9. Wow! thats a pretty good sized snake and being poisonous makes it even worse. I'd have shot it to and the same goes for any rattlers around here.

  10. According to my bug book, your fat worm is the caterpillar of the Citrus swallowtail butterfly. Not sure about the little ones on the leaf...either a type of leaf hopper or winged aphid?

  11. Jennifer - At last with the rattlesnake you can hear it - this nasty piece of work is silent. :)

    And, yes, I reckon chickens would be at risk...

    David - LOL - you and RMan - you're a team.

    Teach - Many thanks - maybe next time we're there together you can take a look - if there are any around?

  12. John the hero :) I'm so glad we don't have snakes on the island! And man would I'd love to have someone helping me with all the work in my allotment. You know, all my South African girlfriends say that the thing they miss most about home is affordable domestic help. It's like a wake-up call when they move to the first world - they have to learn to cook, clean and do the laundry themselves. Talk about spoiled ;) Lol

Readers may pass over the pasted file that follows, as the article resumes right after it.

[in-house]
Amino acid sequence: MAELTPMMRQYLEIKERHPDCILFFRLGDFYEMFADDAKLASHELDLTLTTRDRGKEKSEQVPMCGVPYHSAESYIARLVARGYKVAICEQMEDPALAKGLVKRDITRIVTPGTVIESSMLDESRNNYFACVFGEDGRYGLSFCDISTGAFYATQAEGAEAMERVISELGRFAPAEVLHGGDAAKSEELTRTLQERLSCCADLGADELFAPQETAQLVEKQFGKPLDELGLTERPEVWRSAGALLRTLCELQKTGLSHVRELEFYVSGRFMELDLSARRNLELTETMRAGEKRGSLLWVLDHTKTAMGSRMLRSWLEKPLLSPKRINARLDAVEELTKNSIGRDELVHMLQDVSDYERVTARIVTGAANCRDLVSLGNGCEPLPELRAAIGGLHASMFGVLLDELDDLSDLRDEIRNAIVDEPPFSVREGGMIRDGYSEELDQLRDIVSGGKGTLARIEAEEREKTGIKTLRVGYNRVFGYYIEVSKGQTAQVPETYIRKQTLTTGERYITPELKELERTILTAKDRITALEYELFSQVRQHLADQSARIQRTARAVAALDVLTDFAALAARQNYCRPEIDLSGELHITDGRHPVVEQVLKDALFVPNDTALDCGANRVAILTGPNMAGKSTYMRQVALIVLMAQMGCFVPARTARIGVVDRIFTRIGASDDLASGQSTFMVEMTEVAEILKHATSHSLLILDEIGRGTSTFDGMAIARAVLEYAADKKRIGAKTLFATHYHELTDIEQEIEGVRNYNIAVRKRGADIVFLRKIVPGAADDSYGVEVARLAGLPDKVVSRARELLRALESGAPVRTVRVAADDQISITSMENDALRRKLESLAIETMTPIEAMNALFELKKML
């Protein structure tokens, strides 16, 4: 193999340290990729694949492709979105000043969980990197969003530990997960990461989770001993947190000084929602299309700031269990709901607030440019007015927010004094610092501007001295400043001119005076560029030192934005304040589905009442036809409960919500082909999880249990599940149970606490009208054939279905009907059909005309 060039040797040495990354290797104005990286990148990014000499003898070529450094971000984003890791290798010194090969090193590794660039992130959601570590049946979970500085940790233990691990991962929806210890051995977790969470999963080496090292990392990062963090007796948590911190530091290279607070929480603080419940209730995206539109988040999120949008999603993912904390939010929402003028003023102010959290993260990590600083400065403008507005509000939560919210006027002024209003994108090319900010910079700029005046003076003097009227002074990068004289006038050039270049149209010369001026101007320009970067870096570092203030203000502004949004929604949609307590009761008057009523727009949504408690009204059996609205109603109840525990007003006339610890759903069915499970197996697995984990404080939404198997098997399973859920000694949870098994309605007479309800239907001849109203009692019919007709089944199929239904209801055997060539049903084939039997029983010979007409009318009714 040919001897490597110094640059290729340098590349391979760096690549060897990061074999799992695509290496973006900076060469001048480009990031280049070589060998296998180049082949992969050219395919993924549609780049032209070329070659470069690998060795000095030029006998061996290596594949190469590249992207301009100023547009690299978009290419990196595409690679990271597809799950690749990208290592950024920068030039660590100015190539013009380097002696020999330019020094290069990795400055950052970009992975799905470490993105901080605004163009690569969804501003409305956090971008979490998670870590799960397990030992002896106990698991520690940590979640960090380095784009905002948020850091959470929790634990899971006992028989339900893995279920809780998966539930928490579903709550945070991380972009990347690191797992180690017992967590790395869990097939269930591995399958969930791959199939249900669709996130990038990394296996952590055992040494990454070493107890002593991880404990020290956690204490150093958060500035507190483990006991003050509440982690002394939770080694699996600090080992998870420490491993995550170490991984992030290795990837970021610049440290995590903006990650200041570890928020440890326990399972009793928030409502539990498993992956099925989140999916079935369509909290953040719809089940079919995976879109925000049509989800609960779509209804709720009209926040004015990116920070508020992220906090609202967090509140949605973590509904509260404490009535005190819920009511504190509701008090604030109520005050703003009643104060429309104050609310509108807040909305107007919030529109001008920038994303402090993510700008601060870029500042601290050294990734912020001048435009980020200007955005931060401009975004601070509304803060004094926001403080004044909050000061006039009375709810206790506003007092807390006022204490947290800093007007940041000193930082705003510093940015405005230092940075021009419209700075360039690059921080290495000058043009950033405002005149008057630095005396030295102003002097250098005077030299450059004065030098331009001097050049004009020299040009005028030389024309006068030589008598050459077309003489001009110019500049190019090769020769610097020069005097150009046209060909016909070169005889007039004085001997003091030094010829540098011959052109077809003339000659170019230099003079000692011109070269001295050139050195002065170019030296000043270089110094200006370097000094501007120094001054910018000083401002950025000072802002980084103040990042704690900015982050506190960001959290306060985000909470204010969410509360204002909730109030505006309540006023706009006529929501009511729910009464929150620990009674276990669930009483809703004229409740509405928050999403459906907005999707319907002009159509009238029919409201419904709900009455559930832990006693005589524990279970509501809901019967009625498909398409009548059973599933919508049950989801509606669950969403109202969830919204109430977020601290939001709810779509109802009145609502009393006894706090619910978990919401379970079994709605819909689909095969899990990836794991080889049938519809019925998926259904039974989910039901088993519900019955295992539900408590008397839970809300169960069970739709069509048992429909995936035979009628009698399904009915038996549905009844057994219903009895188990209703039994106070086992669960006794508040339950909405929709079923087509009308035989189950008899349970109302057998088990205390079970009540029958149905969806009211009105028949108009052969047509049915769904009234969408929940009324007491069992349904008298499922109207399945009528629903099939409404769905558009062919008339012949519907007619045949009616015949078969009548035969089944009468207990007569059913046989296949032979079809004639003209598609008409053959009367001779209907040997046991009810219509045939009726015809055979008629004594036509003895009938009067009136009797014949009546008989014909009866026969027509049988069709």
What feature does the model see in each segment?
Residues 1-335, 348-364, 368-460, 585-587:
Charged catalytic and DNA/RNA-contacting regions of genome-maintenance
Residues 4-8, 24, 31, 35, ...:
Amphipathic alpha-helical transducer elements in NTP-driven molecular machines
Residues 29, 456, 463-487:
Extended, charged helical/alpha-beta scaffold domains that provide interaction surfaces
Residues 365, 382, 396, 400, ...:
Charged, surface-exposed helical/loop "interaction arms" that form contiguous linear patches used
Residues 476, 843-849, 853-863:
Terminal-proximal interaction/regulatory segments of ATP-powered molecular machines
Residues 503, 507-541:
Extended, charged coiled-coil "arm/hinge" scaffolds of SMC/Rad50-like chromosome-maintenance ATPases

PS - You now have threaded comments...if you want to reply to someone's comment, click 'Reply' under their message and your own comment will appear below it. Nifty huh?

    1. Tanya - Yes, both he and RMan were :)

      Affordable domestic help - haven't had it since our early days of marriage (and we're celebrating 32 years this year LOL) I prefer to call my home, MY home. John is very important in more ways than just finding snakes and manual labour - see my blog posting of today. If we are able to only give him work one day / week then that has to help.

      I know about the threaded comments - just sometimes don't have the time to wait while Blogger loads it each time :)

  13. Oh, Muffin is one cute bug-hunter. :-) Thanks, so much, for sharing a bit of your life with us ... the "critters" that you have to deal with are fascinating and a little scary. Thanks for linking up in my Meet & Greet ... I'm your newest follower and look forward to reading more! :-)

    1. Small Footprints - Welcome and thank you. The "critters" are all in a days work LOL

  14. Whew, that snake. Glad it's gone. And glad Muffin picks prey more his size!

    1. Leigh - Muffin is very clever - never bite off more than you can chew...!